The truth is,

No one gets it until they’re in it. And this is okay, this is natural, this is human, I was like this too.

But listen to me,

Out there

Whoever is reading this

And I know I addressed this to my mother, and now I’m talking to this audience of readers, but this is how writings go, don’t they?

It will happen to you.

You will lose someone you love, one day. God willing, that day does not come soon, but listen,

Everyone has a 100% rate of dying, this I heard in a TedTalk.

And this grief,

This grieving,

Is horrible. And it’s lonely. And it’s torture sometimes.

And all you can do is be there.

So be there.

After the 1 year.

Show up.

Show up for your friends and your family and your neighbors around you,

Because it’s going to happen to you. And you are going to need the support more than you will need to breathe. Because you will not be able to breathe. And the only way you will get out from drowning is from the people pulling you up and holding you until you breathe into your life again.

Mommy, you encompassed joy. And gratitude. And love and warmth.

So many of these things I feel I lost.

I was so scared to connect because then it’s admitting you are gone.

Writing this down now on my notes in my computer is admitting this is all I will ever have again in my lifetime.

I will only have this.

This is how I will share my thoughts.

Typing them,

Handwriting them, (maybe soon, it is too much effort for now)

Speaking them (hopefully one day, but I am not there yet)

This is all I have. Letters and words on a paper that I can share with friends and family for support and in support of those that have lost and hope to pass on this connection, this rope that can pull on them and hold them up and show them they are not alone.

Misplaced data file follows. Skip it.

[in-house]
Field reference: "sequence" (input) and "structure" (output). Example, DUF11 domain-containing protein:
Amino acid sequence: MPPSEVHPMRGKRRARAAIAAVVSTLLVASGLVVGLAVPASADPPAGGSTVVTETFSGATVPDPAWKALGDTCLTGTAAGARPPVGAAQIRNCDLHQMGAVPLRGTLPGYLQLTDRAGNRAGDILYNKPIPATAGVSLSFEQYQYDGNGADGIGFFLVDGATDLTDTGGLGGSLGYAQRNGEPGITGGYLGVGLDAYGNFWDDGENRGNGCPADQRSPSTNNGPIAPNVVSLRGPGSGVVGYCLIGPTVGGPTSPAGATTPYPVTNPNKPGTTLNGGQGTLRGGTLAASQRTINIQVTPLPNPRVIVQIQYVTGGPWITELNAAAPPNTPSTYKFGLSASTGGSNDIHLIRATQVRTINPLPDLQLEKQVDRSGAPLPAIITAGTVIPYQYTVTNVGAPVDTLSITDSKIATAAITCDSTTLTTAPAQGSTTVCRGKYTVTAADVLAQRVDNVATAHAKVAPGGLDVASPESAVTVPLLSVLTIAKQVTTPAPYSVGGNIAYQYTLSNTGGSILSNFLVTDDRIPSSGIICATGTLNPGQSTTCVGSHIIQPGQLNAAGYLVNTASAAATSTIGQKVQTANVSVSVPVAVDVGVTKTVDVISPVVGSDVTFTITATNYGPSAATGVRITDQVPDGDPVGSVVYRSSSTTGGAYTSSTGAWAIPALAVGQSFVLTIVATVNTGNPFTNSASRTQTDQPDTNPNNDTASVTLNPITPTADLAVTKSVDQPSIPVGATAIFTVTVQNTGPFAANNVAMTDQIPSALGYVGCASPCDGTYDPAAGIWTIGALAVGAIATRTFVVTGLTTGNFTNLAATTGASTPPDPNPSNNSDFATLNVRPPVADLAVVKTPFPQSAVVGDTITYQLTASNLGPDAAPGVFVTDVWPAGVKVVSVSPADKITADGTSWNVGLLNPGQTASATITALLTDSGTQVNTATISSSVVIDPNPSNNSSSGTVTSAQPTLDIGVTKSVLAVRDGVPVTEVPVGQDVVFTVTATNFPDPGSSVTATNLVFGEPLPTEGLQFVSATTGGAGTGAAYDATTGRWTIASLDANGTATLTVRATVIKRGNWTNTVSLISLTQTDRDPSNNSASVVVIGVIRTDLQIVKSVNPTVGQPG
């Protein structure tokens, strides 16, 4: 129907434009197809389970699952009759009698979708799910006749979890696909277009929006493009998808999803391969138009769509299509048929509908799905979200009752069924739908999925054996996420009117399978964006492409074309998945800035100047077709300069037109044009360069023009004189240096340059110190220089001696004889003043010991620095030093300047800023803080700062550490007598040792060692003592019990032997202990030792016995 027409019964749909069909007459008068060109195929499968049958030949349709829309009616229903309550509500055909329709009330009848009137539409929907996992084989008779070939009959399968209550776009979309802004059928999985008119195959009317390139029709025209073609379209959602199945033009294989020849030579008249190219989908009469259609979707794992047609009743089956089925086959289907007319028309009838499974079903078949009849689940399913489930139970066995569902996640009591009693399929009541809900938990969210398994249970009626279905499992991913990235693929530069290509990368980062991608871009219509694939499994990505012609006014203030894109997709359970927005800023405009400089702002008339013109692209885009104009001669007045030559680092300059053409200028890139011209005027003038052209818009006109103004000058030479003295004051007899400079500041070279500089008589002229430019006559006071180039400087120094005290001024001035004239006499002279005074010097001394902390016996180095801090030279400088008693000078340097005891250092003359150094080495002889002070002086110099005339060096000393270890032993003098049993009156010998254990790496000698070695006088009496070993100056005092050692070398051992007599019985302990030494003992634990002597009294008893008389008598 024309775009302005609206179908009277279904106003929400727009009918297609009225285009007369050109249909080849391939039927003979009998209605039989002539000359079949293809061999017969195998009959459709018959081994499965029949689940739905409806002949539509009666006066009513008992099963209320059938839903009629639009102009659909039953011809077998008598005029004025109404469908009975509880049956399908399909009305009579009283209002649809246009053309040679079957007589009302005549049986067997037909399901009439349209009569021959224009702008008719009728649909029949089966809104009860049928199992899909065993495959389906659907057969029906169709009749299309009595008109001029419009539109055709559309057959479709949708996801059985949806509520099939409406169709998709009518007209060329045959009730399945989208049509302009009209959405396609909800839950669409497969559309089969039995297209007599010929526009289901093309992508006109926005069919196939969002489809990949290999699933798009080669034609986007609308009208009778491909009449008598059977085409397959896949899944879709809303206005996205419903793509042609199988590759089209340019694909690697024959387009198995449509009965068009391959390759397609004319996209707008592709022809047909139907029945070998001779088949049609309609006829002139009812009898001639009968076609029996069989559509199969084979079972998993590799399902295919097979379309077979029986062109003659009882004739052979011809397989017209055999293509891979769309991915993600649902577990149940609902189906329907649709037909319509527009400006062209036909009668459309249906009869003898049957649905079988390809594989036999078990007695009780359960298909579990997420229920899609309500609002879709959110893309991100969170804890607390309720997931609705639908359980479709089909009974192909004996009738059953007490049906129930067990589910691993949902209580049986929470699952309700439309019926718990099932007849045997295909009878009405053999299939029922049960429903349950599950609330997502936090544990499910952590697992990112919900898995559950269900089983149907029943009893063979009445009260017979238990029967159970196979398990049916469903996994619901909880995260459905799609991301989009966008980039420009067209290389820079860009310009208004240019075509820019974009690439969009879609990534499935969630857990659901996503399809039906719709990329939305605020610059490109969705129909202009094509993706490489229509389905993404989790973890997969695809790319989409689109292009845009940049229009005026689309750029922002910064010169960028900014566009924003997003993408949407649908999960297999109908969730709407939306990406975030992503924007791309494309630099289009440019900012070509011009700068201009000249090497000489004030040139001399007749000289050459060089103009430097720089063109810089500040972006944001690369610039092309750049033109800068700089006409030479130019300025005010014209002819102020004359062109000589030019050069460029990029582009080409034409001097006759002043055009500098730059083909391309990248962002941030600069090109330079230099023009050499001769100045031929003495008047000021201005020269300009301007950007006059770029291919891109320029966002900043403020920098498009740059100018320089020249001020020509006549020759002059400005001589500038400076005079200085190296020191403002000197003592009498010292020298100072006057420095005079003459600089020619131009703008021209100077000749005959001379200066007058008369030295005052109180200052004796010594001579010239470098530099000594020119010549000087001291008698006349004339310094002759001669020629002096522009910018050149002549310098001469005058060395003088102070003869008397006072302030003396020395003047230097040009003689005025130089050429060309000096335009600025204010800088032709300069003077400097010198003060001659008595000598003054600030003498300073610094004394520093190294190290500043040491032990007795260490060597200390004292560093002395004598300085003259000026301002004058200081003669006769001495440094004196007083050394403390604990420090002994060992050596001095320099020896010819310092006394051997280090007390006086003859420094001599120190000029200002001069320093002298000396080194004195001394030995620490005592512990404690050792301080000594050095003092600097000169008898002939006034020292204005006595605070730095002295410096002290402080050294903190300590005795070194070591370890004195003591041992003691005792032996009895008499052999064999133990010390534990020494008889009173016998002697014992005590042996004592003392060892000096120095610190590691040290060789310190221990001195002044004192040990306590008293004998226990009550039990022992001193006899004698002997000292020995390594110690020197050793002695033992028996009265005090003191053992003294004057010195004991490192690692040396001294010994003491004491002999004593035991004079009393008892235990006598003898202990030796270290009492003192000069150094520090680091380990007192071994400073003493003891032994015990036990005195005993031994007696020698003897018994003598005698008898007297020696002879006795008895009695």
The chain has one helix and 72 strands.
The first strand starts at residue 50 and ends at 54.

But to me, this was defeat. This was acceptance of your death. And so I tried my best to stop it.

But living a life with no hope and no connection to you has not been working out for me. It has not made me happy, and Mommy, you died on Purim, the happiest holiday, to tell us you want us to be happy right?

You told me, a day before you left, that it will hurt for a few months, and then I’ll be okay.

But it’s been a few months and its been hurting a hell of a lot. Every day.

But I haven’t been trying that hard have I? I haven’t been reaching out for support when I need it, and I haven’t been trying to connect to you or look at your photos or let myself think of you, I have been shutting you away and trying my best to look somewhere else.

But it’ll be one year.

And it’s time to start trying.

To start admitting that you are actually gone.

Your body will never come back.

But that you exist maybe as a soul?

Or, maybe your love? Your love that I feel so strongly when I let myself think of it, I let myself feel it and I hold it, I hold it in my heart and I cry but I also thank god that I have it, because what would I be without it? How would I survive without this love you left me?

You gave me everything, but most importantly, you gave me your love.

And maybe this love that exists so strongly is actually my connection to you, and maybe somewhere up there or in here or everywhere, maybe you’re here, maybe you’re with me, and maybe I just need to try harder to let myself believe.

This is my birthday wish. To try my hardest to start believing you are with me, watching over me, holding me, proud of me?

This is my wish, my blessing,

My blessing to all who reads this,

May you feel connected. May you feel connected to your mothers, your fathers, your sisters, your brothers, your neighbors, your friends, your partners, your community, your teachers, your leaders, yourself, your religion, your careers, your schoolwork, your everything and anything. May we feel connected in all that we do and may we all breathe into our lives because it is so short and it is so precious. Give those extra hugs. Give those extra kisses. Feel the extra warmth in your life and if you don’t have it, give it. Because that is all we can do.

Here’s to 23, to being a year of happiness, lots of health, and connection. L’chaim.